"The US is initiating a comprehensive reform of our own system of financial regulation as part of our determined effort to lead a race to the top in regulatory and supervisory standards," he wrote in the Financial Times.

"That effort will not be wholly successful, however, without parallel action in other national financial systems."

It is thought Geithner may discuss with other financial ministers the results of so-called stress tests being conducted on the US's top 19 banks to determine whether they have sufficient funds to weather the crisis.

And he may detail efforts to remove "toxic" assets from bank balance sheets to put them in a better position to boost lending to consumers.

'Far from over'

The meetings come as a joint World Bank/IMF report released on Friday said that up to 90 million more people would suffer extreme poverty this year because of the economic crisis, while the number of "chronically hungry" could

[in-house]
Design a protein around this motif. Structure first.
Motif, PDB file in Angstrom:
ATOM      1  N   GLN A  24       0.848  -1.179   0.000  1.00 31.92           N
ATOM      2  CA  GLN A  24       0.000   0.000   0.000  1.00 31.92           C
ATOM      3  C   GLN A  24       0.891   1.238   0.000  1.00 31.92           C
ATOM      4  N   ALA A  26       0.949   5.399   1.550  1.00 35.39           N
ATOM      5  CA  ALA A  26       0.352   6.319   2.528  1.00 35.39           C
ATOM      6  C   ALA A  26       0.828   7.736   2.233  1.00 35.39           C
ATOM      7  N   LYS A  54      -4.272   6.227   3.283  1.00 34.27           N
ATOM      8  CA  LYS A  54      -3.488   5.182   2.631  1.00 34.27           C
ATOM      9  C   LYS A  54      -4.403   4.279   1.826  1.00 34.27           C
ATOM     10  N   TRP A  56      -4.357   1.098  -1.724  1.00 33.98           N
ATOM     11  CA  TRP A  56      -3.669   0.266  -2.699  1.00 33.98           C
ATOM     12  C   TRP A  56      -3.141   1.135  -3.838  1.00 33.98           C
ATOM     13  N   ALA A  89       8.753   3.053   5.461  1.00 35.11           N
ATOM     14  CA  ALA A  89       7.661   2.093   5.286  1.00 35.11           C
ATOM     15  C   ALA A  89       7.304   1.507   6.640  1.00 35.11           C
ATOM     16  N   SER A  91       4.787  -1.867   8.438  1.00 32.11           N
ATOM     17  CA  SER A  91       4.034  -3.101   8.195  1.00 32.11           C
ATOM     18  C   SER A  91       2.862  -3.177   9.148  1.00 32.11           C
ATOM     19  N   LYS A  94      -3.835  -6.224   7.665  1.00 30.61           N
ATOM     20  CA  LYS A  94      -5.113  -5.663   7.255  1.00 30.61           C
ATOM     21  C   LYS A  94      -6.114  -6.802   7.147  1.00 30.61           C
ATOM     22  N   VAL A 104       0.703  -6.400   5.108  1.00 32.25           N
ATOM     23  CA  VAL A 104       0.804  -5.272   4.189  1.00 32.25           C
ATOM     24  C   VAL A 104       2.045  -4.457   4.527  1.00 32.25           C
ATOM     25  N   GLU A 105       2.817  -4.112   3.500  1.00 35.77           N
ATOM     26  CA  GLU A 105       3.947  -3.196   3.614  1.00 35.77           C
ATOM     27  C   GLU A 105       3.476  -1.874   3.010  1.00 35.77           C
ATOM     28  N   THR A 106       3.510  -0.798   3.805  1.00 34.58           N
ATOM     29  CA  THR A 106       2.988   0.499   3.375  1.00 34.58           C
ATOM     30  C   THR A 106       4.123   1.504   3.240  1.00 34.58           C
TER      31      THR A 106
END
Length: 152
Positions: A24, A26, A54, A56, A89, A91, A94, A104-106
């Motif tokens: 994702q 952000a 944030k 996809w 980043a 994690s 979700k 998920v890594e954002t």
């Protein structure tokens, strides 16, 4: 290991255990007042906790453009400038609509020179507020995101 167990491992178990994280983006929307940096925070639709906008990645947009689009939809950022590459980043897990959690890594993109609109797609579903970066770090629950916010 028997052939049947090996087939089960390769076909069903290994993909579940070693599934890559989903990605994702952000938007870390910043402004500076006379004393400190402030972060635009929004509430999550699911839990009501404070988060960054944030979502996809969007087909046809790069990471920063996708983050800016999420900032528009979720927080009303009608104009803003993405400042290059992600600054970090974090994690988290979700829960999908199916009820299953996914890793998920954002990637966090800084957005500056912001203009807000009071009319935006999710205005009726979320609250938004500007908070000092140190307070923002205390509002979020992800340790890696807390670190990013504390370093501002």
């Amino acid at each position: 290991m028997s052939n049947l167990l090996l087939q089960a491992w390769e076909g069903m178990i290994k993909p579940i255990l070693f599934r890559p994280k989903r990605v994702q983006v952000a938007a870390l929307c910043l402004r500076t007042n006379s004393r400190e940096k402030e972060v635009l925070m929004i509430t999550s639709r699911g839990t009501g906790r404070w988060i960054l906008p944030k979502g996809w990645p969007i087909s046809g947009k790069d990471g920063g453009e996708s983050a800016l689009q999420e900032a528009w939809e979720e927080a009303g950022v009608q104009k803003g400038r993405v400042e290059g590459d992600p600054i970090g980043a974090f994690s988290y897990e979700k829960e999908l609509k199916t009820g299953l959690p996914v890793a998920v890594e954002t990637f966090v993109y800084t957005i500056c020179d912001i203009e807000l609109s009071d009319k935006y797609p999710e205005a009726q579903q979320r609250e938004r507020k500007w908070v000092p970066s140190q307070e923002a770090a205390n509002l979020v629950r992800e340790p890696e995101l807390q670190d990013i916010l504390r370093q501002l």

top one billion.

Efforts to cut poverty and hunger levels by half between 1990 and 2015 had begun well but were now at risk as overseas markets dry up, and foreign investment and the flow of aid come under pressure.

On Thursday, the head of the IMF said that the global economic crisis was "far from over" and had some "long months" to go before it ended.

Dominique Strauss-Kahn, the IMF's managing director, also said that recovery "has to come ... and will come" from the US.

"Despite some red lights and green lights ... our belief is the crisis is far from over," he told a news conference in Washington ahead of the annual spring meeting of the organisation.

His comments follow the release of an IMF report on Wednesday which forecast the global economy would contract 1.3 per cent this year.